Wednesday,18 October, 2017
Current issue | Issue 1267, (22 - 28 October 2015)
Wednesday,18 October, 2017
Issue 1267, (22 - 28 October 2015)

Ahram Weekly

No long lines

Ahmed Morsy tries to find out the reasons behind the low turnout in the first phase of parliamentary elections

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Al-Ahram Weekly

As the long-awaited parliamentary elections kicked off the two-day first phase in 14 governorates this week, the most noticeable feature that made headlines was the low turnout.

Though more than 27 million Egyptians were eligible to vote in the first stage, the polling stations looked exceptionally empty compared to the 2012 polls that elected a parliament dominated by Islamists. Those elections had a more than a 54 per cent turnout.

In an attempt to boost the number of voters on the second day of the first phase, the government announced that all state employees would have a half-day off work on Monday.

The National Council for Human Rights (NCHR) said in a statement that, compared to the first day, there were an increased number of voters by early afternoon on Monday, the second day of the first phase.

The deep concern over the turnout was not only reflected by the government’s decision but by the media’s approach to covering the electoral process. Some anchors called for restoring the LE500 penalty to be imposed on those who did not vote to urge people to come out on the second day of the first phase.

A number of TV presenters exhorted viewers to take part in the elections instead of staying at home. Other anchors were more realistic and began to analyse what went wrong.

“The low turnout reflects a loss of confidence in the value of political participation as citizens feel that they have no role in the decision-making process and hence the election itself is not something to be taken seriously,” TV anchor Lamis Al-Hadidi said during her “Huna Al-Asimah” show on CBC on Sunday.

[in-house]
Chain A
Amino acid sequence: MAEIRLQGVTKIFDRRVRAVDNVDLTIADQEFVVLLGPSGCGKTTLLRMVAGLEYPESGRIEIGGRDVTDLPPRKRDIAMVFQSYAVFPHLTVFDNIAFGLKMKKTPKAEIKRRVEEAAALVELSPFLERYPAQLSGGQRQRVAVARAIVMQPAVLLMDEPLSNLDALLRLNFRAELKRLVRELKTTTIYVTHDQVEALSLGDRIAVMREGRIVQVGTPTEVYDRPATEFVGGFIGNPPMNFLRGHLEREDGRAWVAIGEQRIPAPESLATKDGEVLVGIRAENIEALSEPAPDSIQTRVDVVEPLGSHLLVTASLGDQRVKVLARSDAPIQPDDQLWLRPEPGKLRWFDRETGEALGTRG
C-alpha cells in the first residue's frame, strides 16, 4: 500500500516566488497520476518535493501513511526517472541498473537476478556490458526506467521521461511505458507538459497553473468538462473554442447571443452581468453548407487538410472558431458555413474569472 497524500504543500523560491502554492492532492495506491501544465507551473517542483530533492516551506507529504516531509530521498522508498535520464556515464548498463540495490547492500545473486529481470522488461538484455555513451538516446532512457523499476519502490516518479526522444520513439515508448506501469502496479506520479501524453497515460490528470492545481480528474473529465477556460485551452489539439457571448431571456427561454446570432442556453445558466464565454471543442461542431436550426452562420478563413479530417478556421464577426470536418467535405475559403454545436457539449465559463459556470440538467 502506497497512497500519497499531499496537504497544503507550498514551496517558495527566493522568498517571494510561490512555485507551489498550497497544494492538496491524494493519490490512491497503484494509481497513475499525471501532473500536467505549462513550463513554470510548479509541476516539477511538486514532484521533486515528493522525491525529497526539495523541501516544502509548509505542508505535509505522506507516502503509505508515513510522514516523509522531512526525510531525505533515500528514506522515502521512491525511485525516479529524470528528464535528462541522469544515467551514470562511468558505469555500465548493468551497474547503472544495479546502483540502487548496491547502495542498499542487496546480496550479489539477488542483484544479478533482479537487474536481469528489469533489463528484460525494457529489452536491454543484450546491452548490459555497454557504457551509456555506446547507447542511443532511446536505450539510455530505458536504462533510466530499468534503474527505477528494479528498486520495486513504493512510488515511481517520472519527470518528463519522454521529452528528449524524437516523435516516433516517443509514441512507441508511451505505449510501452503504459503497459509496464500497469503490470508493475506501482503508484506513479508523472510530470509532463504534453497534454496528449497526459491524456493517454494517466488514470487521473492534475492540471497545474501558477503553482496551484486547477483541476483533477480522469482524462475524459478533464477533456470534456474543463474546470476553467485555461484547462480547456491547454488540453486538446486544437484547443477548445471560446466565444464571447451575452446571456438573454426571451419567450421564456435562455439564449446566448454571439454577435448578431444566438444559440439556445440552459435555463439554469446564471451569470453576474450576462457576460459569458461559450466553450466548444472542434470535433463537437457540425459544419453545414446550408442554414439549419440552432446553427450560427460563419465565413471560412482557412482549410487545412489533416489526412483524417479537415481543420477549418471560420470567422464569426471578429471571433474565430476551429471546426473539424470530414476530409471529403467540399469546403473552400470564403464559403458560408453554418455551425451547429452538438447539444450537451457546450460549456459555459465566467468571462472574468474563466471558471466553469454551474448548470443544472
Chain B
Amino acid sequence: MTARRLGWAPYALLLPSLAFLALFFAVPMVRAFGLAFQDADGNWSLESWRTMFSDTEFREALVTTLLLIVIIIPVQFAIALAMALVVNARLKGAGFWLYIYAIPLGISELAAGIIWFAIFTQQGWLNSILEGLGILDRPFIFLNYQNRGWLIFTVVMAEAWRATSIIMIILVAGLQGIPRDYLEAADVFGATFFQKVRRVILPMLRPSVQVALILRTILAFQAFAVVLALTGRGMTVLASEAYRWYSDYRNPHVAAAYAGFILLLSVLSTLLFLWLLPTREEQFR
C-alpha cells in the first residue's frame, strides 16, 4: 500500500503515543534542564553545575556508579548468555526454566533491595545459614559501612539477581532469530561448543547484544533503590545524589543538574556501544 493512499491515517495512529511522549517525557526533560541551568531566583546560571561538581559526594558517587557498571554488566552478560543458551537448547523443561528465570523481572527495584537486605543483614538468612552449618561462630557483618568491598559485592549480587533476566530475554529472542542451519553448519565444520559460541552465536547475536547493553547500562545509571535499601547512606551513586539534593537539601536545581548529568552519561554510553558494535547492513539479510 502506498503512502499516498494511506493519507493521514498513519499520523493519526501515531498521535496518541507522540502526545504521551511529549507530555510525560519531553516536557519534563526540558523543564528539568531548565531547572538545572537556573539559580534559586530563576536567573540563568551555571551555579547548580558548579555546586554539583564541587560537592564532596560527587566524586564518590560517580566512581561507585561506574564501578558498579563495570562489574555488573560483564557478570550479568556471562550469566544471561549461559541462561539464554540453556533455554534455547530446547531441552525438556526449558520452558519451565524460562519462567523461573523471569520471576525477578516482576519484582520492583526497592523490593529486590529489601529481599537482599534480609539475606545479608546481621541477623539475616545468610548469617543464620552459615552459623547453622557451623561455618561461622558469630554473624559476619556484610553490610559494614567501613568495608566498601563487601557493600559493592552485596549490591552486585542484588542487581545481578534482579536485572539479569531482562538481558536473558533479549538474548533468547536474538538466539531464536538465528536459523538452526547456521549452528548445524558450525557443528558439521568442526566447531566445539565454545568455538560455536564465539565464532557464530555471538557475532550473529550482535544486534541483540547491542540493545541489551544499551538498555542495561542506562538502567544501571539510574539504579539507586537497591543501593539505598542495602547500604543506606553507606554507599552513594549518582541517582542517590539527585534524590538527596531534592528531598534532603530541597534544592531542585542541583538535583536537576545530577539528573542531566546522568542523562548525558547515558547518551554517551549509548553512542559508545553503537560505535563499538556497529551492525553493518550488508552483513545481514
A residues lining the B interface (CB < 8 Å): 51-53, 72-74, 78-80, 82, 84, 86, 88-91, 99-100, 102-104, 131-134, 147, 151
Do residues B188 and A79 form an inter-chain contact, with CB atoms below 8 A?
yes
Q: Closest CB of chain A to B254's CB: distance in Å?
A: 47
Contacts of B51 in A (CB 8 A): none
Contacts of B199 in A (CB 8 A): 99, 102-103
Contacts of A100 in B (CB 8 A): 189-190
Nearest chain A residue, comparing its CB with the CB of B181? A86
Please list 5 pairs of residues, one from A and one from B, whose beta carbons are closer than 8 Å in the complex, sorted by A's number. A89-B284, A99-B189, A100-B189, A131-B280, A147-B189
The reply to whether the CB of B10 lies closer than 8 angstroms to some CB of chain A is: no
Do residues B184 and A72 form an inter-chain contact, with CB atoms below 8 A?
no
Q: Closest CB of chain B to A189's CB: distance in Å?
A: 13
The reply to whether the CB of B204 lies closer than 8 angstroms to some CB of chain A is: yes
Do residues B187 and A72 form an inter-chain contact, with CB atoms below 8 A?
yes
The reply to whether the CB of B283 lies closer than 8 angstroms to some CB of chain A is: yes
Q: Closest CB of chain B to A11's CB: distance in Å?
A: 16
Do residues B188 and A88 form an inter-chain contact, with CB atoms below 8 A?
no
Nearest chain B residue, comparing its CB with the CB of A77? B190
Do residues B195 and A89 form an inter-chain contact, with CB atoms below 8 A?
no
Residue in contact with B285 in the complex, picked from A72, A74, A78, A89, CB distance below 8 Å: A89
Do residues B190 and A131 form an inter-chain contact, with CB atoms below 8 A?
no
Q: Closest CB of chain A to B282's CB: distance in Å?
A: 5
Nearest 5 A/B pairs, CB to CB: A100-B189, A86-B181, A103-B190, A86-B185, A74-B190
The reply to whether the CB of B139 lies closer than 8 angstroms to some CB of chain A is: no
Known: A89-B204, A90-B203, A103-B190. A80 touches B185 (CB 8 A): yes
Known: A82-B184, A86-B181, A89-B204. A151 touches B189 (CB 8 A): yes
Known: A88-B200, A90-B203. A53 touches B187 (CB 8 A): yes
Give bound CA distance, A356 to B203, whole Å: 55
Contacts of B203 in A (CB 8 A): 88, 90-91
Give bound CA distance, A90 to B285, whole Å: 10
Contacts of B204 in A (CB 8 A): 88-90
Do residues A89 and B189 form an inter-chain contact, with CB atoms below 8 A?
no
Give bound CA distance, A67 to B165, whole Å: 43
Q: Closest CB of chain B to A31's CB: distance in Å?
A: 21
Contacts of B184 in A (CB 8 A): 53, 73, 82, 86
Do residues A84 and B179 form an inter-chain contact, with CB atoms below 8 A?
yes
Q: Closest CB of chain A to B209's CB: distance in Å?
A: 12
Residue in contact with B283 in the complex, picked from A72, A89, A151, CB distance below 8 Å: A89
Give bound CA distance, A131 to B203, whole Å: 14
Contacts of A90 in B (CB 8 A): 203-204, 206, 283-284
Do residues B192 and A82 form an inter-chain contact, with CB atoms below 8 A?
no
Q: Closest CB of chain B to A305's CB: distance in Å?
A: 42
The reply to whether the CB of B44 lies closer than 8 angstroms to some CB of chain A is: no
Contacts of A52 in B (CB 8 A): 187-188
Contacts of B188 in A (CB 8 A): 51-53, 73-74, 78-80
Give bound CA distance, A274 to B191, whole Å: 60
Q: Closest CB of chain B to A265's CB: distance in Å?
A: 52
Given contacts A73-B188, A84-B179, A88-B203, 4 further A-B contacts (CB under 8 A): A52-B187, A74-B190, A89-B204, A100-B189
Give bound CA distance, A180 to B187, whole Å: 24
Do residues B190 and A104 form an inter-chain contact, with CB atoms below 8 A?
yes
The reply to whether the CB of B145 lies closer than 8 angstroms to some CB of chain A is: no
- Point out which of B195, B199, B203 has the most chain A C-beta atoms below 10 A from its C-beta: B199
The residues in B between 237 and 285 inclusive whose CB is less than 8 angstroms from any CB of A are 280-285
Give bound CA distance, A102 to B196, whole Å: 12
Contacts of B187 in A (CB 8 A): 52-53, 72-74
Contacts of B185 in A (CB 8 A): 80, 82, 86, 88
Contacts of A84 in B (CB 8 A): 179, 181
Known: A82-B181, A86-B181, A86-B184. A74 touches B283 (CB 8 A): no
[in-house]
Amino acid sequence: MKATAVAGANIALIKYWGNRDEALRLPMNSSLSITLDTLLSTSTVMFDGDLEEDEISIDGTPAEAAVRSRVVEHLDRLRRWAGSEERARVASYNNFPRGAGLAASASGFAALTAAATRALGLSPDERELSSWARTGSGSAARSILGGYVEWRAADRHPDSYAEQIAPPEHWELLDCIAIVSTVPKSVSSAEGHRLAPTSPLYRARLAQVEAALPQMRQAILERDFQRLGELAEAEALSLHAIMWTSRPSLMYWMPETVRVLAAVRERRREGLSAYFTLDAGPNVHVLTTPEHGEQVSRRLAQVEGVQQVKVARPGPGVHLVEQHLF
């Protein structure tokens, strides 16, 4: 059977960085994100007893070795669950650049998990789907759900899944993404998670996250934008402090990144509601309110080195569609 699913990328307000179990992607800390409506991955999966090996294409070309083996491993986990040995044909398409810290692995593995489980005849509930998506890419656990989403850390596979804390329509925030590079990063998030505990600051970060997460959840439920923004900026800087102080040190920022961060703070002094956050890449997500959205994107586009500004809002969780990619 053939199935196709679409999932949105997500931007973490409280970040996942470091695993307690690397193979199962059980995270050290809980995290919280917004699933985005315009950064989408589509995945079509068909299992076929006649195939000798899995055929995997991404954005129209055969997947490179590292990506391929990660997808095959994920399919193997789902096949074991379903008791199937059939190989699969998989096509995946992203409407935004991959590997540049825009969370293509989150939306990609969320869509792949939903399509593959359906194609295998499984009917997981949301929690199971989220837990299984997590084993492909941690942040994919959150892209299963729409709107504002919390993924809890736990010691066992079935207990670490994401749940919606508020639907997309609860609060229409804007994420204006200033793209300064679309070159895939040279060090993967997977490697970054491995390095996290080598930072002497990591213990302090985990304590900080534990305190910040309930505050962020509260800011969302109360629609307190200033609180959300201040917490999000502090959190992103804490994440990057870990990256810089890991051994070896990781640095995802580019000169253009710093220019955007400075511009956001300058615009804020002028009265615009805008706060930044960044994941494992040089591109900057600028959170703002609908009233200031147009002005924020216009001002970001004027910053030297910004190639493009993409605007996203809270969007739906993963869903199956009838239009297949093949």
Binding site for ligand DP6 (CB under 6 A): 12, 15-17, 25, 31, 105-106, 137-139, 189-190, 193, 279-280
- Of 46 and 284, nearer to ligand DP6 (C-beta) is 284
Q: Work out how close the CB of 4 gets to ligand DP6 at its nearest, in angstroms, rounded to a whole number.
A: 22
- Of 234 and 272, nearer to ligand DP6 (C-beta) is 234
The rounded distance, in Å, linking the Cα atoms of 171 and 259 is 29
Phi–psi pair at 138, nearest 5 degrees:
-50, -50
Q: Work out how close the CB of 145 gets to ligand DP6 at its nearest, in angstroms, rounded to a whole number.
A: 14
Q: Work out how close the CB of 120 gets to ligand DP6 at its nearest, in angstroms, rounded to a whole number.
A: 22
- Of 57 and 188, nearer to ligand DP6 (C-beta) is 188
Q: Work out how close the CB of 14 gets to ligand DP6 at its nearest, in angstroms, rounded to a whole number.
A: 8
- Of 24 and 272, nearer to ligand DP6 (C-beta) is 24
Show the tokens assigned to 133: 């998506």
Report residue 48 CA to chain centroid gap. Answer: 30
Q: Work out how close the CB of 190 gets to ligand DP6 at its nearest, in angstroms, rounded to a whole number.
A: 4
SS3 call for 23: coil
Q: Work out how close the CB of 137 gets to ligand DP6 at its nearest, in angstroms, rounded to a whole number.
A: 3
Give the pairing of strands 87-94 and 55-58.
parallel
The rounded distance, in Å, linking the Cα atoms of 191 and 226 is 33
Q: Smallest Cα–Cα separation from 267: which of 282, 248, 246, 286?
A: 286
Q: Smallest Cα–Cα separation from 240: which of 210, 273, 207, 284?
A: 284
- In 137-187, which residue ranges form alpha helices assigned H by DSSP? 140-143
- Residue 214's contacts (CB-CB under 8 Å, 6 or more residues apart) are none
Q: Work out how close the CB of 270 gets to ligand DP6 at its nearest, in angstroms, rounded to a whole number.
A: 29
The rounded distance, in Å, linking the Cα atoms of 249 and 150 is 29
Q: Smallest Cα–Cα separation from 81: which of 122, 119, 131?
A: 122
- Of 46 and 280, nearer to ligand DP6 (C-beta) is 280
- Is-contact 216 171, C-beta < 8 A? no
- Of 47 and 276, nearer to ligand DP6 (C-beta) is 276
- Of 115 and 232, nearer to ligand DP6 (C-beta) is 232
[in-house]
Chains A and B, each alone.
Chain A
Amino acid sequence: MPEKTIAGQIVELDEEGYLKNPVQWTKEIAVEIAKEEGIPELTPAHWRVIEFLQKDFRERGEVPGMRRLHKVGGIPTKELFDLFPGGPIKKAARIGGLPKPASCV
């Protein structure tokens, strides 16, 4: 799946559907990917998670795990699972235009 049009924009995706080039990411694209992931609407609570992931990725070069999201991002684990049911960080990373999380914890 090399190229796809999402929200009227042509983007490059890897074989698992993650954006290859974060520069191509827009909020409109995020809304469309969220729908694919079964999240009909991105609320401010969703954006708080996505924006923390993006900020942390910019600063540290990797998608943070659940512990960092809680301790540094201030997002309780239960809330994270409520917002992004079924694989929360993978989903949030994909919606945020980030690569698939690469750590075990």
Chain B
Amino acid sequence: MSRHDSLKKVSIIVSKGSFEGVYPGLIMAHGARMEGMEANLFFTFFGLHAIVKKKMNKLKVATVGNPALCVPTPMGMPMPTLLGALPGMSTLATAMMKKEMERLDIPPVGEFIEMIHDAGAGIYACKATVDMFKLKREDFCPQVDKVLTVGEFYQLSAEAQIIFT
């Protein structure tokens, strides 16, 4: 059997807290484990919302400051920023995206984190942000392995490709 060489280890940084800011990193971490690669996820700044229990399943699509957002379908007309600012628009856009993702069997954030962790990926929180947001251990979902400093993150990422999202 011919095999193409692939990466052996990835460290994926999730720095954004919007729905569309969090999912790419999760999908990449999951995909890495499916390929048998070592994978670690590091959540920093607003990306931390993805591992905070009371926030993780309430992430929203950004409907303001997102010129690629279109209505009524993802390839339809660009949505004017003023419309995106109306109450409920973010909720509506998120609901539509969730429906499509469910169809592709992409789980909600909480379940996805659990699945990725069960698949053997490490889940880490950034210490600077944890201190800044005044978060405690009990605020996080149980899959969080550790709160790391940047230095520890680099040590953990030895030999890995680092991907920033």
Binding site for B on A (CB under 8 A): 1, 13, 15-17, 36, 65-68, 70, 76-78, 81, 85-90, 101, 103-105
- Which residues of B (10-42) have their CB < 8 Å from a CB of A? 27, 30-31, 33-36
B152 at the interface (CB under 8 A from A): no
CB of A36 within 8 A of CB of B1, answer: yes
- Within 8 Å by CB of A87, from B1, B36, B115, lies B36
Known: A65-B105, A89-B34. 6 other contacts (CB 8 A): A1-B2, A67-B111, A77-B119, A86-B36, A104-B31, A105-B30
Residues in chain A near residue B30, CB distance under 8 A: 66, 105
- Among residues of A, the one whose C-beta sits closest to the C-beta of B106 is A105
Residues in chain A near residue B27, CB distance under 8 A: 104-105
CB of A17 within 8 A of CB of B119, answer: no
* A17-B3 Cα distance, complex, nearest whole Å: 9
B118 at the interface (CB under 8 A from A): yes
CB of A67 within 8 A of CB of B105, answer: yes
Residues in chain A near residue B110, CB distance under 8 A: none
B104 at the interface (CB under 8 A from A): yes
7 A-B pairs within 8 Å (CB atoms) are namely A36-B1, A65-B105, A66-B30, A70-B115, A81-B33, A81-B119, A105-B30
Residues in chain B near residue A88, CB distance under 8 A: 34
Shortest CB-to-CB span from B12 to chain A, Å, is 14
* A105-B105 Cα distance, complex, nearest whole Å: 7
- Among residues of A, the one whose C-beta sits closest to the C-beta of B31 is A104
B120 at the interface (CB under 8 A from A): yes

Al-Hadidi accused candidates of not doing enough to mobilise the electorate. “The candidates should have gone out on the streets in their own constituencies in a more effective manner to inform the electorate of the importance of taking part,” said Al-Hadidi.

The low turnout was attributed by politicians and political experts to the deteriorating economic situation, voter fatigue and the dissatisfaction of youth.

“I think the humble turnout was because of the climate of despair and frustration that prevails in the low-income and middle-class communities,” Nagi Al-Shehabi, head of the Geel Party told Al-Ahram Weekly. The party is fielding 35 candidates as independents and 30 spread across electoral lists.

“Such frustration is due to the deteriorating financial and social conditions that a large part of the voters are suffering from and their loss of hope that the situation will improve,” Al-Shehabi said.

Political analyst Hassan Nafaa highlighted the problem. “There is a high level of frustration in the current political scene, which might be a reason behind the low turnout. Moreover, youth voters shunned the elections because they lost trust in the political scene,” Nafaa told the Weekly.

Most young people were busy making fun of the empty polling stations on the social media websites Facebook and Twitter, using hashtags like “#instead_of_voting” and “#no_one_went”, instead of casting their votes at the polling stations.

Ahmed Mustafa, a student who was watching one polling station in Giza, said that he would not vote for the remnants of former president Hosni Mubarak’s regime. “Many candidates belong to Mubarak’s regime. I already revolted against Mubarak and toppled him so I’m not going to vote for his men,” Mustafa said.